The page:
clock menu more-arrow no yes

Filed under:

LeSean McCoy vents frustration after Buffalo Bills’ Monday Night Football loss

New, comments

Pro Bowl running back knows he is still a weapon on offense

LeSean McCoy is a fierce competitor, and after doing everything he could to return to the field in time for the Buffalo BillsMonday Night Football game against the New England Patriots, McCoy expressed his frustrations over his lack of production in Buffalo’s anemic offense.

After ripping off a 12-yard run out of the Wildcat on Buffalo’s first offensive play of the game, Shady’s next 11 runs gained a grand total of one yard, as every time McCoy tried to bounce a run outside, the Patriots were there to deny him.

McCoy did have success as a passing weapon out of the backfield, hauling in six passes (eight targets) for 82 yards, including a nice 24-yard catch. But McCoy will be the first to admit his ground game seems stuck in neutral at the halfway point.

McCoy, Buffalo’s Pro Bowl running back, has run the ball 75 times for 257 yards, an average of 3.4 yards per rush. He has yet to score a touchdown (rushing or receiving), and is on pace for by far the worst statistical season of his career.

“In 10 years, I’ve had bad games, but just the flow, the season, everything is just bad,” McCoy said following Monday night’s loss, Buffalo’s fourth time in six losses scoring fewer than seven points. “The hard work that we put in, the hard work I’ve put in my whole life, my whole career, for it to happen like this every game, it’s tough. You see the defense out there just grinding. So it is frustrating.”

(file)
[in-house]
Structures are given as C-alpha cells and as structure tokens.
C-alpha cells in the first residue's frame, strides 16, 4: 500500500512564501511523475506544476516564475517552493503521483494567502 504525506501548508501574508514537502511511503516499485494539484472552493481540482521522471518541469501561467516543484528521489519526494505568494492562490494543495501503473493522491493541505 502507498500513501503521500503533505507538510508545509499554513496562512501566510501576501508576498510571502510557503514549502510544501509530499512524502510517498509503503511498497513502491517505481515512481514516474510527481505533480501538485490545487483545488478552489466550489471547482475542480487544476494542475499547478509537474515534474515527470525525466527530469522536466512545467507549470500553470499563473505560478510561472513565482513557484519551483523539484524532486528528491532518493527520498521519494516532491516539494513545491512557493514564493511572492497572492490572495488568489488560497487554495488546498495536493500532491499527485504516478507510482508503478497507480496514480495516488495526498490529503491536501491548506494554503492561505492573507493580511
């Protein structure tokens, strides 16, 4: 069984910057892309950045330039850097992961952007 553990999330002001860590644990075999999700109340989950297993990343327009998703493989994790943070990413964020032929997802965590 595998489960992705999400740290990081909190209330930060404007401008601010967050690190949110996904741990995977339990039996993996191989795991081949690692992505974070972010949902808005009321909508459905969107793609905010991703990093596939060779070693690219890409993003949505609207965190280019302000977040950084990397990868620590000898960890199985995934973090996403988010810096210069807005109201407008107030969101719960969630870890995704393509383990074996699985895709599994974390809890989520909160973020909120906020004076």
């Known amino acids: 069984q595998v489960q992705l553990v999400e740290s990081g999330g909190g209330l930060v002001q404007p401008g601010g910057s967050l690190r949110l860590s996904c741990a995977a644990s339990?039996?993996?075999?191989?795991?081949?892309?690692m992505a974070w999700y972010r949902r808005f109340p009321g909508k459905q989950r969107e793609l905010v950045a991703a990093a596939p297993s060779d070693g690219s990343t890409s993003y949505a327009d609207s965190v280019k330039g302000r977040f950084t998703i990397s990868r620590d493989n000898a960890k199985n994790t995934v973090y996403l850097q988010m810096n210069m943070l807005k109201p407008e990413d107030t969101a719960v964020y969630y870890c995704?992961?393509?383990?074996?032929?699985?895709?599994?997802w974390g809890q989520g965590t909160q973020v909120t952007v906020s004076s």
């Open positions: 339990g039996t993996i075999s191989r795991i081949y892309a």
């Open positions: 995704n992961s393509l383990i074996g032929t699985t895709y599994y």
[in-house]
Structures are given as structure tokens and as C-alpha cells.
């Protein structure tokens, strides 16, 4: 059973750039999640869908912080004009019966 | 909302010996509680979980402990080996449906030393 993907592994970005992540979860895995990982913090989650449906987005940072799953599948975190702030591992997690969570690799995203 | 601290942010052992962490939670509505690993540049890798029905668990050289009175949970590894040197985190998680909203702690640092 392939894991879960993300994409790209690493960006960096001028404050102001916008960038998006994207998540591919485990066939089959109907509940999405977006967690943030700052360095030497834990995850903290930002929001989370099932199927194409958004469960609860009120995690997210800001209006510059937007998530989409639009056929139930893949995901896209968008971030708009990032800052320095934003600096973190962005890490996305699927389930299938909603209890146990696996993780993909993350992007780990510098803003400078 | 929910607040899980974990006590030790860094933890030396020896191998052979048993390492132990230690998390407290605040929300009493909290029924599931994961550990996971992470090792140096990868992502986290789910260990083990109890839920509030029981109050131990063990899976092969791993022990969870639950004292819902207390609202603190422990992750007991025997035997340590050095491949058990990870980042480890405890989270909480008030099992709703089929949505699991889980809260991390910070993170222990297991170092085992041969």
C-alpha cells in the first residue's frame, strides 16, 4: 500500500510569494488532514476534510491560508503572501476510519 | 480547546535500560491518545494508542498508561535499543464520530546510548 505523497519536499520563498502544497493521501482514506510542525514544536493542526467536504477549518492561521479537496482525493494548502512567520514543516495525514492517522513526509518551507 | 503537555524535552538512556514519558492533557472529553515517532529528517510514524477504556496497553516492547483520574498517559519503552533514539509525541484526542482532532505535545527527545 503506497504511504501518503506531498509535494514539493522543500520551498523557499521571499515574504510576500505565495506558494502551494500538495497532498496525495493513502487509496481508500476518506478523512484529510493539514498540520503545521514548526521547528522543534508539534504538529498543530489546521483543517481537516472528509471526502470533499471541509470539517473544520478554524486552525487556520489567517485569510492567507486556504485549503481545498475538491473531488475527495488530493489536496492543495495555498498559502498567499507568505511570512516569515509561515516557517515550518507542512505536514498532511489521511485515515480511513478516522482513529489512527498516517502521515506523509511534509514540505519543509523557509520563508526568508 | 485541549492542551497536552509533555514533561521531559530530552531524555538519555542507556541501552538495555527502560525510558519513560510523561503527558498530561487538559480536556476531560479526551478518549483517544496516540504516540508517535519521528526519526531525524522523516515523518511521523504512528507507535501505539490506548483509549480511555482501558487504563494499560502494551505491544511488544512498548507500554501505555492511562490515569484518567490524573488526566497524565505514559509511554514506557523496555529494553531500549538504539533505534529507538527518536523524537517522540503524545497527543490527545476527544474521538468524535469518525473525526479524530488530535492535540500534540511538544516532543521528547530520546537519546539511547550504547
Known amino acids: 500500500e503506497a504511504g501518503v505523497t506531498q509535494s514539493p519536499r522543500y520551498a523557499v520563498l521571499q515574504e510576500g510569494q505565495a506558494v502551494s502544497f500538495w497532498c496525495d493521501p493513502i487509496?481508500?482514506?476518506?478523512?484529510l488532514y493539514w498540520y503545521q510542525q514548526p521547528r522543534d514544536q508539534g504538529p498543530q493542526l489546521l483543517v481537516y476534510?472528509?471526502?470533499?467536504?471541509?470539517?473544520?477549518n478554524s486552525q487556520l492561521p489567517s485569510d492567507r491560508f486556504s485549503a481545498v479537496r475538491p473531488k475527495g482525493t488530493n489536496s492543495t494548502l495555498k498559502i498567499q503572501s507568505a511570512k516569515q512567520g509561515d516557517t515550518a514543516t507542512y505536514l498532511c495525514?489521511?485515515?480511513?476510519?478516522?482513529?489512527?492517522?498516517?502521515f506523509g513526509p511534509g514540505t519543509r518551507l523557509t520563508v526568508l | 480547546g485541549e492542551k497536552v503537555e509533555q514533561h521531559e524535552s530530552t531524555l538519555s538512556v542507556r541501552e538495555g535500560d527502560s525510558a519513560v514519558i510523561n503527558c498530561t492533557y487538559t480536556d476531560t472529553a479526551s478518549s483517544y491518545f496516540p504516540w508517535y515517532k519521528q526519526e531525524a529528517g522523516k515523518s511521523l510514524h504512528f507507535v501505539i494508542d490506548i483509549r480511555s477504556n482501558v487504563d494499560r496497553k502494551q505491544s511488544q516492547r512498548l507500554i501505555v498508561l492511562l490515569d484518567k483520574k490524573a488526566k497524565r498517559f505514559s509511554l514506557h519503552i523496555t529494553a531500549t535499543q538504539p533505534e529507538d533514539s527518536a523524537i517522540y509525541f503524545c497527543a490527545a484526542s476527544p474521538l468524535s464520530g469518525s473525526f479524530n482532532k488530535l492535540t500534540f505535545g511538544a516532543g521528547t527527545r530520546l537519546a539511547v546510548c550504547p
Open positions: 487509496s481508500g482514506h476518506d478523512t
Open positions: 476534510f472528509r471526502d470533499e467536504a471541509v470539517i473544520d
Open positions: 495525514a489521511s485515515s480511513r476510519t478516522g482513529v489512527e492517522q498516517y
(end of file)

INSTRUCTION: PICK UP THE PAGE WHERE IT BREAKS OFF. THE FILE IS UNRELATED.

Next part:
If McCoy was going to get on track against any opponent, it figured to be the Patriots. Over his last five games vs. New England, Shady had rushed for at least 70 yards in every game. On Monday night, despite the Bills breaking out the Wildcat and getting McCoy the ball on direct snaps, he never came close to 70 yards.

“You put a lot of work and effort into your craft, your job and the results and outcomes are like the same, so it’s frustrating,” McCoy said. “I don’t know. I didn’t play good, so I guess. I thought it would be a better game running-wise. I usually run the ball good on them.”

McCoy knows he can still be the same featured back who just last year paced the Bills with 1,138 rushing yards and 448 receiving yards. But this year, playing on an offense with arguably the worst quarterback play in the league, and on a line that lost Eric Wood, Richie Incognito, and Cordy Glenn from last year, McCoy is suffering through a historically bad season.

“I still can play. I still can play. Defenses know I still can play. You see the way they approach me when I’m in the game,” McCoy said when asked if he felt he had lost a step or two as Buffalo’s primary offensive play maker.

There was rampant speculation that McCoy could be traded on Tuesday, but the 4 p.m. Eastern trade deadline came and went with McCoy still a member of the Bills.

“This is my team, . . . I’m happy here,” he said after the Monday night loss. “But it doesn’t matter whether I was here or anywhere else, playing a season like this, you would be mad. I don’t think it’s a matter of where I’m at. It’s just what’s been taking place and how things are going offensively. . . .What do I got, 200 yards? In the [eighth game]? That’s never happened to me. Yeah, it’s different. It’s a different season. I’m 30 years old, playing since when I’ve been in high school. This stuff [has] never happened to me. It is tough.”